Sometimes, a useful exercise I put my designs through is a simple question: How much can I strip out of this UI while maintaining the user’s ability to accomplish the stated task? For each view, actually remove the elements that aren’t absolutely, positively essential. It’s not always best to go with the bare minimum, but this practice gets you out of a mindset of “The more information, the better.”

When all else fails, design the training

The simple reality is that some software requires training— sometimes, no amount of excellent UX design will get around that. Maybe the stakes are too high, and users need to know exactly what they’re doing before they start tinkering, or maybe they just need to get up to speed as efficiently as possible. Whatever the reason, creating a training curriculum should never be a hand-wavy, last-minute task. Whenever I’ve seen a product team procrastinate on producing quality training materials in parallel with the product, they’ve always had to stop everything to go back and do it later.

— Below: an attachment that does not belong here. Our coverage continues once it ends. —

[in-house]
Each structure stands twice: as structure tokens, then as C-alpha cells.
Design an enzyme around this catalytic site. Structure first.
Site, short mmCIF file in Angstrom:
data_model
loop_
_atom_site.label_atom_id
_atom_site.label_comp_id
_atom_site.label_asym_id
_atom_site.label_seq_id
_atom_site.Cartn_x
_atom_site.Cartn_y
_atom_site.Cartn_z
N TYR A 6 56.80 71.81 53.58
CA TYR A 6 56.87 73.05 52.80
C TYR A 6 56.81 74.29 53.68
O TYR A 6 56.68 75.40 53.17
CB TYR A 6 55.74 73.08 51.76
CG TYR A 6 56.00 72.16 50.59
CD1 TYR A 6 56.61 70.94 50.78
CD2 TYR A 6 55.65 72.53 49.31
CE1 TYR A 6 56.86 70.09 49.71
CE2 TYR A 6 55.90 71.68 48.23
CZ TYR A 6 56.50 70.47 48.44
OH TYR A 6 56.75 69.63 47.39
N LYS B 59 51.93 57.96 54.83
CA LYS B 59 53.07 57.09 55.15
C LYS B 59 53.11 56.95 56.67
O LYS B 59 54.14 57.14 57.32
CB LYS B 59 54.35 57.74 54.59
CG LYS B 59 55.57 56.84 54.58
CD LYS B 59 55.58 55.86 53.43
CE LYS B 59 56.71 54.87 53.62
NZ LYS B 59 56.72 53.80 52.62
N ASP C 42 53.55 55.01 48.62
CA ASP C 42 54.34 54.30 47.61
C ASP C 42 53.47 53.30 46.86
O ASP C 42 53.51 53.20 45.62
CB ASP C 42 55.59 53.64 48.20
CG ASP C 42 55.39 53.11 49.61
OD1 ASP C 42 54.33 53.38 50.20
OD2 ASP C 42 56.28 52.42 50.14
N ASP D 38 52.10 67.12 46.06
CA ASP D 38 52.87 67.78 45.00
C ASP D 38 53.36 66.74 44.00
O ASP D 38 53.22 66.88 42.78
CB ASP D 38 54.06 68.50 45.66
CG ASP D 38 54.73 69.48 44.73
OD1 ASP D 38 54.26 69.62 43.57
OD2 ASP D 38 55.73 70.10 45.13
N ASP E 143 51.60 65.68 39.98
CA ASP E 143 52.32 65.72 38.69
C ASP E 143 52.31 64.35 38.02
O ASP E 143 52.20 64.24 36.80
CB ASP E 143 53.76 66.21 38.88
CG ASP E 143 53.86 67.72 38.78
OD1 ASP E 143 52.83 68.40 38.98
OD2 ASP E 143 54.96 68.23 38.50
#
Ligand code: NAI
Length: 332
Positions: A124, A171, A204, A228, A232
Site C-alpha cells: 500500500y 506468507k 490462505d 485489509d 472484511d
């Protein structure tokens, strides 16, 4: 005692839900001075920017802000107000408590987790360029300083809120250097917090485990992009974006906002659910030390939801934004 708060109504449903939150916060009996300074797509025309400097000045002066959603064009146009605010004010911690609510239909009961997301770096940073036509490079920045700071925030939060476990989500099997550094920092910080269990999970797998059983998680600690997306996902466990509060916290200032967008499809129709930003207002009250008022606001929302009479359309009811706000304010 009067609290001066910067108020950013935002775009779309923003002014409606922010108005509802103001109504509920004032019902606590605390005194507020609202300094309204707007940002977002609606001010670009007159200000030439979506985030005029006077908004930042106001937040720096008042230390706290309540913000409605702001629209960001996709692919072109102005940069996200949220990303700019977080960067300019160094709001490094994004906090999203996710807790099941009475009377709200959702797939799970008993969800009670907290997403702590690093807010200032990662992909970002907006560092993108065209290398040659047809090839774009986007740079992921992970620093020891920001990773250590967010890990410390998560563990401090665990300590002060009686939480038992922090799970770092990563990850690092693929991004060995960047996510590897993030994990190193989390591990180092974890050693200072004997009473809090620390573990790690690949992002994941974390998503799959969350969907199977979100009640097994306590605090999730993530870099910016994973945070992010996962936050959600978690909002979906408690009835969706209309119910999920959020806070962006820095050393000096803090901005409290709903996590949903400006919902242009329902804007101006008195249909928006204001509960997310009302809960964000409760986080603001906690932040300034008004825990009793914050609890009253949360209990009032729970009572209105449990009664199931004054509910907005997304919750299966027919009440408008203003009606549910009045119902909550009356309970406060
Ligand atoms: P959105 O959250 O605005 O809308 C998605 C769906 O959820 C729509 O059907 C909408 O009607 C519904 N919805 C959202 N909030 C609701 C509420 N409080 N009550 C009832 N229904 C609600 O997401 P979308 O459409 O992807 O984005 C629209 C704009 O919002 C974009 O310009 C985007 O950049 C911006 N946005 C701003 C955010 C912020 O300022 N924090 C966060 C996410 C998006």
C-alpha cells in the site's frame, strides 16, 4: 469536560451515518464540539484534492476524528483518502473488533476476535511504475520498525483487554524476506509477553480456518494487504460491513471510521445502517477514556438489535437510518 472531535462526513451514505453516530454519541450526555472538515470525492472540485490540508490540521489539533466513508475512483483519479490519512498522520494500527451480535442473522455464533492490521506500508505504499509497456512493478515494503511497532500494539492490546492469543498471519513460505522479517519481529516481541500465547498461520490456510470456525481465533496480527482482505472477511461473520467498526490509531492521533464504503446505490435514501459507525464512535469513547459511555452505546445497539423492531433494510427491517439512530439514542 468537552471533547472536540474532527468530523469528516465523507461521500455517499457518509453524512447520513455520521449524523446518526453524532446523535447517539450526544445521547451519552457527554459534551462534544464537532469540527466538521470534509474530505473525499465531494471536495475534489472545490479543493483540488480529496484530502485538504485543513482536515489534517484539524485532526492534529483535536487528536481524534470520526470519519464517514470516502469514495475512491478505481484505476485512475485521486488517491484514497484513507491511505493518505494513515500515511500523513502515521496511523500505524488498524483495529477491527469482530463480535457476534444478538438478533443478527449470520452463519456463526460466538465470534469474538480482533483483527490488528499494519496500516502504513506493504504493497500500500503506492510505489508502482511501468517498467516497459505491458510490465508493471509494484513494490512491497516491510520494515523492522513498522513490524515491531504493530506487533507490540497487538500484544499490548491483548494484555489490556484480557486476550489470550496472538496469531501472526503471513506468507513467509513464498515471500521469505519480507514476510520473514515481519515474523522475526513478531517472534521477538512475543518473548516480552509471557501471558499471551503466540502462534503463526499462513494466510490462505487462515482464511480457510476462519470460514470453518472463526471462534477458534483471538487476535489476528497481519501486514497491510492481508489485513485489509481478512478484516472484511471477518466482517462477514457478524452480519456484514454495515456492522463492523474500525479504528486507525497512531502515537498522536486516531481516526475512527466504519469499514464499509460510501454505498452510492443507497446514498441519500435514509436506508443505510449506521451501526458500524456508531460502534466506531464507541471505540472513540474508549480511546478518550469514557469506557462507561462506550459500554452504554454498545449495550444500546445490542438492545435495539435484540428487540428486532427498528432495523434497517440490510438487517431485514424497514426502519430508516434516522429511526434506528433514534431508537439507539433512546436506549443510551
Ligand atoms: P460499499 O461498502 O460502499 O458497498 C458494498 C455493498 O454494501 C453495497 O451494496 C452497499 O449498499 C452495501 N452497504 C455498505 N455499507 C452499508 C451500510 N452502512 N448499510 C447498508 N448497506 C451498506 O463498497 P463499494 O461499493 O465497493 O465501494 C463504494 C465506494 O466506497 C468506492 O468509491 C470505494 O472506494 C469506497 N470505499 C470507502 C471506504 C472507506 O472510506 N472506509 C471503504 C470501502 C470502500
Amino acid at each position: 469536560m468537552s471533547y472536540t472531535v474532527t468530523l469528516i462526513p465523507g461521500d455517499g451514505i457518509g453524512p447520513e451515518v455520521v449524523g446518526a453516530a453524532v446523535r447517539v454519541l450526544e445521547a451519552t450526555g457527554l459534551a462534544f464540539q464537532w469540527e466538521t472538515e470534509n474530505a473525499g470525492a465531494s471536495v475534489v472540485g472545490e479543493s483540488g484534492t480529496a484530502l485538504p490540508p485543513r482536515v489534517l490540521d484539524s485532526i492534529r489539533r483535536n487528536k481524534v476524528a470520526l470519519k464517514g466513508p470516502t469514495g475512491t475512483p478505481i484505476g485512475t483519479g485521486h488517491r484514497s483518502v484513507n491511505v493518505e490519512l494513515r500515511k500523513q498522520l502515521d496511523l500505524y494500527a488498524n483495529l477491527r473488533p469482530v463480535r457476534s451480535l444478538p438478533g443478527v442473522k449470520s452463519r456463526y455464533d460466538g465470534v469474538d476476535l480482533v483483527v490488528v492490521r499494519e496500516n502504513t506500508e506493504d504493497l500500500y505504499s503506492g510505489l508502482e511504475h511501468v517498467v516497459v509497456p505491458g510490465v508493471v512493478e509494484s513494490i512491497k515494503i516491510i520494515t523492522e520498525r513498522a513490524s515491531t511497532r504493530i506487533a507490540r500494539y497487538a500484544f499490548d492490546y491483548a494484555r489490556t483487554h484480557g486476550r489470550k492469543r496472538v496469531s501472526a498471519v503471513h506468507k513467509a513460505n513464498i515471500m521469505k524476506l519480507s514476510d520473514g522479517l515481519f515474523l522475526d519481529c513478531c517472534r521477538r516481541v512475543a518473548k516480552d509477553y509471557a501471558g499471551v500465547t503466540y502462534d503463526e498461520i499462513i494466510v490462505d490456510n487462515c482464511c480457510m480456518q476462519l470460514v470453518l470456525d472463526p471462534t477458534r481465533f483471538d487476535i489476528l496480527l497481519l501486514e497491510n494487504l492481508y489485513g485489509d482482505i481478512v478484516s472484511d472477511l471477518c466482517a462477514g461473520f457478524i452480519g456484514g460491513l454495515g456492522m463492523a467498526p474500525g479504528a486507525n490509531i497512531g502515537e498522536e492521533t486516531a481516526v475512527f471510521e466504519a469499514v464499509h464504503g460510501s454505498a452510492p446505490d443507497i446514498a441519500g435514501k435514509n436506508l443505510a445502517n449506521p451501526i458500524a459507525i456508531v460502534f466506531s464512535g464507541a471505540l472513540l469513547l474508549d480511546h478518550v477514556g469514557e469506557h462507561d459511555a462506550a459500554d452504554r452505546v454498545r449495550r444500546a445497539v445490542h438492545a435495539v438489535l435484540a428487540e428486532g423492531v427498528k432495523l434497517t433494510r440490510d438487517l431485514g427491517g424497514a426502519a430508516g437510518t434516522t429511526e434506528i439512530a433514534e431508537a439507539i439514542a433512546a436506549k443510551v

A great time to create training is during the final QA/polish phases, but it helps if you keep up with some of it during the product development cycles. I like to draft documentation at the same time a feature is being developed, and devote some time while engineering is working through QA to polish it up and make it presentable to users. Whenever you create your training materials, just make sure you devote the time and attention to them that your users deserve.

Ask the question

Often, the best way to understand if your UX efforts are working is to just ask your user— how do you feel when you’re about to use our product? Do they dread your tool? How sure are they that they’ll be able to accomplish their goal? Sometimes they may not have a ready answer, and this might be a great sign, too— if your app is emotionally invisible, it might be functioning exactly as intended.

Think about the after-hours

At the end of the day, my goal is to create tools that nobody ever goes home after work and tells their spouse about— unless it replaced a previously-awful piece of software and made their life a lot better, that is. My worst-case scenario is an exhausted user sitting at her dinner table explaining to her family how my product ruined 8 hours of her day or cost her company a lot of money in errors.